The three women remaining in Ranger School have successfully completed the first patrol phase and will move this weekend to the north Georgia mountains to continue the U.S. Army’s most physically and mentally challenging leadership training course, it was announced Friday.
The women are part of the first gender-integrated course in the 60-plus year history of Ranger School. They started the program on April 19 with 16 other women trying to become the first females to earn the Ranger tab, held by about 3 percent of all the Army’s soldiers. The three remaining women, who the Army has not named, completed the Camp Darby patrol phase after previously failing it twice. When they failed it a second time in late May, they were offered what the Army terms a “Day 1 recycle,” which meant they had to start the course over from the beginning.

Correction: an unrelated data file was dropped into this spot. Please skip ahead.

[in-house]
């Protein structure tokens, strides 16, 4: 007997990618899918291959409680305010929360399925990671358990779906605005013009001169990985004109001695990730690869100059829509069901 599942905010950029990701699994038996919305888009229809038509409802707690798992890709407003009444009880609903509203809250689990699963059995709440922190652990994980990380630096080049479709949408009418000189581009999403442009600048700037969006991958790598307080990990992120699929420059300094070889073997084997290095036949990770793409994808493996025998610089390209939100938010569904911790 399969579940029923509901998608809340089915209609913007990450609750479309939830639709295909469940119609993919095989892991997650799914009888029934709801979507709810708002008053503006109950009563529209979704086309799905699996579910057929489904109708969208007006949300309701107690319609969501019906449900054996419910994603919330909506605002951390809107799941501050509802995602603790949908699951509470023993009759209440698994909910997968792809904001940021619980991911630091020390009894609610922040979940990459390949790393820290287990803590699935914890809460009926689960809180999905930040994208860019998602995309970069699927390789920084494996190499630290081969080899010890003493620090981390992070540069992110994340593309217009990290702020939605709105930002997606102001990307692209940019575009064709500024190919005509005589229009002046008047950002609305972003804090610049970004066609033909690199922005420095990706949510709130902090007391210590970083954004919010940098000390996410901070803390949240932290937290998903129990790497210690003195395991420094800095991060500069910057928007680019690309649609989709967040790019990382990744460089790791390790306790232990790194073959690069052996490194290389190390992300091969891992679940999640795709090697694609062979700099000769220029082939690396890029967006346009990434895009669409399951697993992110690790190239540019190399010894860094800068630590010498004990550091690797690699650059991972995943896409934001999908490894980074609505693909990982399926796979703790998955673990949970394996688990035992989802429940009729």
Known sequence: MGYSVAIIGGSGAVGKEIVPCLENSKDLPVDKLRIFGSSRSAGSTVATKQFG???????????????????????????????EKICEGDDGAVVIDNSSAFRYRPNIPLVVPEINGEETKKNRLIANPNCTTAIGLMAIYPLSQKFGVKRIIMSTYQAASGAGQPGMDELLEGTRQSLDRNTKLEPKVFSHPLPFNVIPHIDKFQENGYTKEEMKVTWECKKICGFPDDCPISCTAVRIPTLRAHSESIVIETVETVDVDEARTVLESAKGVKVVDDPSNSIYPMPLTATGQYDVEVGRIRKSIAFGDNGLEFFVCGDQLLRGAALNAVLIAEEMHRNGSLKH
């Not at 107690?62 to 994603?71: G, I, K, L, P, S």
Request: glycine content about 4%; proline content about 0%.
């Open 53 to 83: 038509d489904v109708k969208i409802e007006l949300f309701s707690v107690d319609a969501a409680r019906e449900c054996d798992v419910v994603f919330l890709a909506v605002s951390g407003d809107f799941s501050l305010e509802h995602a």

The SEALs like to say that the only easy day was yesterday. And I suppose you could say much the same about Ranger School.
It’s an endurance test. And each phase is to some extent more physically grueling than the previous. But the longer you last in the course, the greater your odds of successfully completing it.
I’m of two minds. The Army gains nothing from putting women through Ranger School. On the other hand, these three women have persevered and made it this far. And since I never volunteered for Ranger School, that puts them light years ahead of me.